Yertle the Turtle and Other Stories Yertle the Turtle, Lines 30 – 39 Summary
You know, there are a lot of difficulties when it comes to being a king. First you've got to remind yourself how amazing you are for hours on end without anybody's help. And then your throne starts giving you back talk. What a headache!
Mack, who we love from the moment he releases that "faint sigh," speaks up. He's all the way at the bottom of the turtle stack; he tells Yertle that he's not super comfortable, and Yertle is not psyched about it.
Sure, it might seem to us like the king is overreacting when he snaps at Mack for politely registering a complaint about his place in the world, but that, after all, is how revolutions begin.
Of course, it wouldn't have to be a revolution if Yertle could take a little constructive criticism, but that's beside the point. Mack's "Beg your pardon" (37) and assertion of pain is clear subversion.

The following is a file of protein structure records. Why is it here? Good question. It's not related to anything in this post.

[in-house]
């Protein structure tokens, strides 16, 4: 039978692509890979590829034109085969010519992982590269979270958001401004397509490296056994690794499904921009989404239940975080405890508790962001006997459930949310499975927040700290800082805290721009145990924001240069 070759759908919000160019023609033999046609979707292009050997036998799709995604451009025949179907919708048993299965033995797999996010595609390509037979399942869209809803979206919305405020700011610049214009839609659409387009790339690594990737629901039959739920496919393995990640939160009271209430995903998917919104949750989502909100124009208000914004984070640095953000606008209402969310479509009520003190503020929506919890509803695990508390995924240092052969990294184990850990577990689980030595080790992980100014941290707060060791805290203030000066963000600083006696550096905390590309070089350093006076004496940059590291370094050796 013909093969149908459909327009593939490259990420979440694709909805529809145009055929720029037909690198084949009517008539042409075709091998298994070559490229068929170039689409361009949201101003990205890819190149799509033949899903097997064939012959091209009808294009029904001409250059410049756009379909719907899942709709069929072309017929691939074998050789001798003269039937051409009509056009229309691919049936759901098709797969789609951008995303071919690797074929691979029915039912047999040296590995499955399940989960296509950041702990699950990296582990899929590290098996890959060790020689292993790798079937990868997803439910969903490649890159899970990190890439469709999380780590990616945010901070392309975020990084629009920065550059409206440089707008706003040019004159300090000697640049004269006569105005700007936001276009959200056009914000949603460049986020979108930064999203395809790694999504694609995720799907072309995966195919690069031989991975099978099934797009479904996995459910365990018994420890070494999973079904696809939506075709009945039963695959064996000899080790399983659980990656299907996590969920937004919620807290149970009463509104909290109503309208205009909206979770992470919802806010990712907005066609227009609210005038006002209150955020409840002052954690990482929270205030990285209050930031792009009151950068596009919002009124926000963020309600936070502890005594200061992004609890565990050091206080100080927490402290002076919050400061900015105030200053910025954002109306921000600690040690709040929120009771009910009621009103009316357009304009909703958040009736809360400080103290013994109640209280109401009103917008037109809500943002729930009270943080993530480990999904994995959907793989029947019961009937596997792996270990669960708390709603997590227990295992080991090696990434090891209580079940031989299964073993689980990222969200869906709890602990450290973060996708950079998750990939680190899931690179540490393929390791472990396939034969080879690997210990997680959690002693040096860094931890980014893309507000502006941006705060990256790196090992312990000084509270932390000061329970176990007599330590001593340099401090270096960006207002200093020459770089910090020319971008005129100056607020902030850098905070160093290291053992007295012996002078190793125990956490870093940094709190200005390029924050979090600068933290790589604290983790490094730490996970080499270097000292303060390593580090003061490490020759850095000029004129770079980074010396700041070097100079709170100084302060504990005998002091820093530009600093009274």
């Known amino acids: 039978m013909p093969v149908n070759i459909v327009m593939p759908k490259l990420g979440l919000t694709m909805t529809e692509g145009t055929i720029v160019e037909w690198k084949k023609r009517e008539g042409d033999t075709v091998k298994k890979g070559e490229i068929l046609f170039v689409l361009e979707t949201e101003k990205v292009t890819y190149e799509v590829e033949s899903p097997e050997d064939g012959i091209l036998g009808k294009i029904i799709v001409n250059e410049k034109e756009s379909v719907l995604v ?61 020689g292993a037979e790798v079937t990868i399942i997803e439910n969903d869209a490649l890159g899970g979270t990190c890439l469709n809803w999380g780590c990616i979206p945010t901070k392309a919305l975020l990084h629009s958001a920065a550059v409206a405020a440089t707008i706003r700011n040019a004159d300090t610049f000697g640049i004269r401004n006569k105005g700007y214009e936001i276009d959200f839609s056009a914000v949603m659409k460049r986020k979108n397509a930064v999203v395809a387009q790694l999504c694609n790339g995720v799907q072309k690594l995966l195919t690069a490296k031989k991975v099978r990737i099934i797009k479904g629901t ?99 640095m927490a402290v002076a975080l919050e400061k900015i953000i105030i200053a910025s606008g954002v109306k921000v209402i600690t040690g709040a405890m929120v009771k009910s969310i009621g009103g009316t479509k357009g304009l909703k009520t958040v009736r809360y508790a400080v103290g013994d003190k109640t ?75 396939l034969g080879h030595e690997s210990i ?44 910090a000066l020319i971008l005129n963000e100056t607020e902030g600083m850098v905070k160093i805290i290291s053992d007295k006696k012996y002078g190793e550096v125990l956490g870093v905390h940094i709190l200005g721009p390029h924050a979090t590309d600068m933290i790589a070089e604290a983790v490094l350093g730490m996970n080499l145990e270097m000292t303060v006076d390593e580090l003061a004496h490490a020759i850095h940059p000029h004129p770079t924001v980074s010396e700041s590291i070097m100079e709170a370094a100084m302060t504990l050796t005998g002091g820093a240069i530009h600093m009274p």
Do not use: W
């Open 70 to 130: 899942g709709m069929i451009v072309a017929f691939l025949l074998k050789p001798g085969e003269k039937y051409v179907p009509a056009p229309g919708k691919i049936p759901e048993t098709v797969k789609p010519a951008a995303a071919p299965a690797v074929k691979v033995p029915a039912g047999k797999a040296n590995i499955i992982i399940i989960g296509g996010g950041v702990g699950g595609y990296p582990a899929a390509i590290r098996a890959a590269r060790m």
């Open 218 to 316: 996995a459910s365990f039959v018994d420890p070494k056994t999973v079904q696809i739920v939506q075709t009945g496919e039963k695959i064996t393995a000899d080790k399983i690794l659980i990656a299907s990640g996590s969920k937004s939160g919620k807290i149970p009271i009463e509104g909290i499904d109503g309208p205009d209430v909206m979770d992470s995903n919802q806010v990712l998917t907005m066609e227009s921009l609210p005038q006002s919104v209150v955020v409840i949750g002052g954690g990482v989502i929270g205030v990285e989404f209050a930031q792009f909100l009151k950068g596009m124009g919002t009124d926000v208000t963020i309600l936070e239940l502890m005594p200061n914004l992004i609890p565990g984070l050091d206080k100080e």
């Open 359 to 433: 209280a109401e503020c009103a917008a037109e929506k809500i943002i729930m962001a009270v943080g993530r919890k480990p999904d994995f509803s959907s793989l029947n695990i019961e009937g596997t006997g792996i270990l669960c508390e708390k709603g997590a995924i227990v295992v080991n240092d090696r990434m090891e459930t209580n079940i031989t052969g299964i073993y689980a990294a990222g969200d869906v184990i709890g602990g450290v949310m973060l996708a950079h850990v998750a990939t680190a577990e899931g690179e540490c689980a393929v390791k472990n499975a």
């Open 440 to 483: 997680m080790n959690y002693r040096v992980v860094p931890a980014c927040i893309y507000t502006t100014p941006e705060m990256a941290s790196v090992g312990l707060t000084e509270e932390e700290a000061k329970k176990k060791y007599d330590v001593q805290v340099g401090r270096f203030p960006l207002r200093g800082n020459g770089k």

Shmoop analysis alert. Take a moment to compare the title, "King Yertle" to "Mack." They sound a little different, right? While one is regal (and goofy), the other is a simple, one-syllable word—the name of a commoner. This should tell us that the society these turtles live in is just as stratified as their stack, with every turtle titled according to his rank. With names like King Yertle and Mack, nobody can forget their place.